The U.S. Federal Trade Commission along with the U.S. Department of Justice announced Tuesday that it would repay thousands of people who lost money to a student loan debt relief scheme.
The FTC said that as of Tuesday, payments were being sent to 22,562 people duped by Ameritech Financial, Financial Education Benefits Center and American Financial Benefits Center.
In December of 2018, the founder of the companies, Brandon Frere, was caught at San Francisco International Airport while trying to flee the country and was charged with convincing people that the companies were working with the U.S. Department of Education to relieve student loan debt. He collected an estimated $25,000,000 from the debt relief scheme.
The companies charged consumers illegal up-front fees as high as $800, according to the FTC, and convinced customers to sign up for a monthly fee of between $49 and $99 a month that was supposedly going to pay off student loan debt.
It was not, the DOJ said.
Most of the refund checks will be sent by mail. Eligible consumers who didn’t have an address on file will get a PayPal payment instead, the FTC said.
“In these cases, we send an email from the FTC (email@example.com) to payment recipients prior to payment,” the FTC says on its website. “Once payments have been issued, PayPal sends an email telling recipients about their refund.”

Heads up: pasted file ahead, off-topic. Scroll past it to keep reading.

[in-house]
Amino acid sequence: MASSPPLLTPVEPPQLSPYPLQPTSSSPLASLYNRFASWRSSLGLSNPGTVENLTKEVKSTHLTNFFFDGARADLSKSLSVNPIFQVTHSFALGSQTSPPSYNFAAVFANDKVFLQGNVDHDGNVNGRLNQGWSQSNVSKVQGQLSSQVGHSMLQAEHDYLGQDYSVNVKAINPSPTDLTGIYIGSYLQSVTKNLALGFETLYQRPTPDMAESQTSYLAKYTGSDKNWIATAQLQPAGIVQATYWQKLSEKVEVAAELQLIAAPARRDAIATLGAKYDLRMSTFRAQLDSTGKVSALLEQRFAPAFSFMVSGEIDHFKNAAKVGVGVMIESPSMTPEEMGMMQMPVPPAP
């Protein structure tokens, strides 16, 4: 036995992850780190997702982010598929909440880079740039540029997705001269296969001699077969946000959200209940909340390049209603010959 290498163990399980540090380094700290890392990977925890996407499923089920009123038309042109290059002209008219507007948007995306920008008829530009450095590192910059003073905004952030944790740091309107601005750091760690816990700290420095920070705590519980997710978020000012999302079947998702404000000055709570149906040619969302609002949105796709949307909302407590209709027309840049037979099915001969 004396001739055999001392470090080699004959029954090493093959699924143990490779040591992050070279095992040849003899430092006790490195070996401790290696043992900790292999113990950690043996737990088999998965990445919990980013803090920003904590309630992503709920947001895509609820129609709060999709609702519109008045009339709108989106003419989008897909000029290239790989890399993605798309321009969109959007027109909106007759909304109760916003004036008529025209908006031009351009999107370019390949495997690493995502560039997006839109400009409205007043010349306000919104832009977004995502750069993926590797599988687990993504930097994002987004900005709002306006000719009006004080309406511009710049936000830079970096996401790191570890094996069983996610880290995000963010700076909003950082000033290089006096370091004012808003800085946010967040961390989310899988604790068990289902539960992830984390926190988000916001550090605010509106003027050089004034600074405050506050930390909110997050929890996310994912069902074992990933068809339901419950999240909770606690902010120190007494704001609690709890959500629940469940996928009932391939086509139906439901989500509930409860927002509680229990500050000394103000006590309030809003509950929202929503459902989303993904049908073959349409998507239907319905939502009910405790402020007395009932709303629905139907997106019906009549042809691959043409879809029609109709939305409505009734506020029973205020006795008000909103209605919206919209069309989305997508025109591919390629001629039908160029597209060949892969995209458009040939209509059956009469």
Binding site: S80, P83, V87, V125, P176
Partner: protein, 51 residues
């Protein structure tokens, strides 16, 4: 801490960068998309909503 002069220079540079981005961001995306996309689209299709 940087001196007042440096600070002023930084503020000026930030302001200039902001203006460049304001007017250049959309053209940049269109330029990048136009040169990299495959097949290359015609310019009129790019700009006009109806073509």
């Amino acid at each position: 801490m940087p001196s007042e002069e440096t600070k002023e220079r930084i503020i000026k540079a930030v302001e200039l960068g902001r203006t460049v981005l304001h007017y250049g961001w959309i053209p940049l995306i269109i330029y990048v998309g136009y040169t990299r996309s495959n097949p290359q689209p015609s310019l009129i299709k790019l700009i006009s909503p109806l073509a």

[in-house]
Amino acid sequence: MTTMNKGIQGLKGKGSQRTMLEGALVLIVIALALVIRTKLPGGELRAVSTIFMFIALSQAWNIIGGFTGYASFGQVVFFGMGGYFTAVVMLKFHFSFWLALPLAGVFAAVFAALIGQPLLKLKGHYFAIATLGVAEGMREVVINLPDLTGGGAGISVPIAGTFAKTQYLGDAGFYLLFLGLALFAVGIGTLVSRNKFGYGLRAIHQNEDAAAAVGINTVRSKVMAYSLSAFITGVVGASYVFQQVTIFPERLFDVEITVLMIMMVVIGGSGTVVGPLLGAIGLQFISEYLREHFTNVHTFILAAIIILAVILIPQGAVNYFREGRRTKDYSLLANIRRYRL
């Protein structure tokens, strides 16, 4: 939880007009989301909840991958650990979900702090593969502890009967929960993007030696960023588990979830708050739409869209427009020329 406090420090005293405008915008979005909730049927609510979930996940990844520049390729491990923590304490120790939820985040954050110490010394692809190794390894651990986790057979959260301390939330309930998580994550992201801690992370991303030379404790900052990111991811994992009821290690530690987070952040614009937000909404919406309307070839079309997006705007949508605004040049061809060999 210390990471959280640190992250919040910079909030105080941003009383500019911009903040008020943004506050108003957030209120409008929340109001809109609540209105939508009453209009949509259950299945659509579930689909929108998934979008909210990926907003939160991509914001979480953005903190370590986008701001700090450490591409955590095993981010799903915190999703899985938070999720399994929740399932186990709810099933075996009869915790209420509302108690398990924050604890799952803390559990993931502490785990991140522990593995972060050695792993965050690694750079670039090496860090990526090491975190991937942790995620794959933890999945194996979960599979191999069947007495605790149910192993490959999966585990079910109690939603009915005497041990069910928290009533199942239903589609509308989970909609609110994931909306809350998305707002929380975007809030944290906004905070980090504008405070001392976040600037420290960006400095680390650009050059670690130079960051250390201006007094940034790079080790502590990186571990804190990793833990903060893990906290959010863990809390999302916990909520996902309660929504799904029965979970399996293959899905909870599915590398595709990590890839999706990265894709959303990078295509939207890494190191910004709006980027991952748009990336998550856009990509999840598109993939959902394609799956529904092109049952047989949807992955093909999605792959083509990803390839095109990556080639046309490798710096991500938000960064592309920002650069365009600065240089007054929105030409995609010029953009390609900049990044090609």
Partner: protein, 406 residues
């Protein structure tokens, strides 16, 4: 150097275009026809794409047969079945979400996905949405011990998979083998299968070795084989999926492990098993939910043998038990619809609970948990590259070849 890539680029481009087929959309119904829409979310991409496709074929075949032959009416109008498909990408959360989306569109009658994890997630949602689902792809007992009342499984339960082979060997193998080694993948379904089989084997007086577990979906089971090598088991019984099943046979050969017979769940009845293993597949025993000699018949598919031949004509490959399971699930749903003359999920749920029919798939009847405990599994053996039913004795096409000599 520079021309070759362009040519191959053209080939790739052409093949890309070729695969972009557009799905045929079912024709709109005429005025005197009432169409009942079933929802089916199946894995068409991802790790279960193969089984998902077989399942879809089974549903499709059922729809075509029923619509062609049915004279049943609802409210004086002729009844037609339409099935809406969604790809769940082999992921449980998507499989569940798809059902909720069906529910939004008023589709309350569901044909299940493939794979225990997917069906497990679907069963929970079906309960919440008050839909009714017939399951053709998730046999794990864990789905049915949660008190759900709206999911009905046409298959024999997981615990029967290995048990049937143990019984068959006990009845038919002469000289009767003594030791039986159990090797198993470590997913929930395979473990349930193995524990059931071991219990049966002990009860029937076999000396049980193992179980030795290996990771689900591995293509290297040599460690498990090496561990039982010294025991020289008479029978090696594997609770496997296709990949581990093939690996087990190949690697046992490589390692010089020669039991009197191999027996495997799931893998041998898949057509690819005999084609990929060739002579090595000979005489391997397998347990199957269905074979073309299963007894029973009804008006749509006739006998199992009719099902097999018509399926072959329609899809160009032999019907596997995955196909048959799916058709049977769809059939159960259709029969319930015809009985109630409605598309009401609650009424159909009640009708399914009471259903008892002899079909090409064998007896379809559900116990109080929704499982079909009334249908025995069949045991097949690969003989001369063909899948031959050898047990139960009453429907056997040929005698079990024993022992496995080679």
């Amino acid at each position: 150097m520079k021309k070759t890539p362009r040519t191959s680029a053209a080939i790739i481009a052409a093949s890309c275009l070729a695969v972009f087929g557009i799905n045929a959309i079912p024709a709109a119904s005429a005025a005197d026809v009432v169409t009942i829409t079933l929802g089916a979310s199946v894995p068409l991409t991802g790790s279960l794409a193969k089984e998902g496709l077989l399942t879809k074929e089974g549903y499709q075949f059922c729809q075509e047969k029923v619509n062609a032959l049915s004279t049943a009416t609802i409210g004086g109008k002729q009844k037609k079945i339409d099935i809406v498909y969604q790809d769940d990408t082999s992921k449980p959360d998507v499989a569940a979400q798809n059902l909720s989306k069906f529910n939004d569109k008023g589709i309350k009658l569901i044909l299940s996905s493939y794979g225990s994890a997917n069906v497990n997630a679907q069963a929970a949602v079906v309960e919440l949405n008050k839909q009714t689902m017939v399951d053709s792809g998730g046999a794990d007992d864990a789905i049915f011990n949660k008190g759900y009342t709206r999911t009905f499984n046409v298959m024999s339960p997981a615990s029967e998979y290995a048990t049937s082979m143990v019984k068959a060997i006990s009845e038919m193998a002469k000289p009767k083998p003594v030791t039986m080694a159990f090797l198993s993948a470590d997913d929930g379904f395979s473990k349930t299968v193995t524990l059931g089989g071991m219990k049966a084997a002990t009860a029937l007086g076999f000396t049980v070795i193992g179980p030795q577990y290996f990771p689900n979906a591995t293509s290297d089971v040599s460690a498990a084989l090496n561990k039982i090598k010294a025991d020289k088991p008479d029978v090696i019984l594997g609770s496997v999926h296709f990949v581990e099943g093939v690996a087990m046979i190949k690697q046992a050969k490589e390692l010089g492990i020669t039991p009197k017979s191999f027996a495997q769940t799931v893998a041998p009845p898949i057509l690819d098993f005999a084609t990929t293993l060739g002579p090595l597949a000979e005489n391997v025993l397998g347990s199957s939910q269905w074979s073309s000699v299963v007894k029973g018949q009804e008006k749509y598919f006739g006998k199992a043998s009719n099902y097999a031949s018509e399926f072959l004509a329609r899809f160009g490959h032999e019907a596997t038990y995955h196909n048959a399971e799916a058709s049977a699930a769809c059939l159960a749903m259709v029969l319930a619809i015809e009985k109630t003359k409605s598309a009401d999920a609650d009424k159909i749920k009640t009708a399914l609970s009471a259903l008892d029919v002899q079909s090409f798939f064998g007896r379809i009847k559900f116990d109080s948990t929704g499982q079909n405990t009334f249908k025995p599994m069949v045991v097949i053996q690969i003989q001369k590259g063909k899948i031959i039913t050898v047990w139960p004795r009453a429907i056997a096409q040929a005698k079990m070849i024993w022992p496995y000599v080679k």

According to the FTC, most of the refund cases do not require consumers to file a claim to get the money.
“FTC court orders typically require the defendants to provide a list of customers, along with their contact information, and how much they paid,” according to the FTC. “We use this information to send refunds. If we do not have all the information we need to send refunds, we may request that consumers file a claim. If so, information about how to file a claim will be available at www.ftc.gov/refunds.”
If you think you might be eligible for a refund and have questions, you can call Rust Consulting, Inc. at (833) 579-3126. Rust Consulting is handling the distribution of the refunds. Or, you can go to the FTC website for answers to common questions about refunds.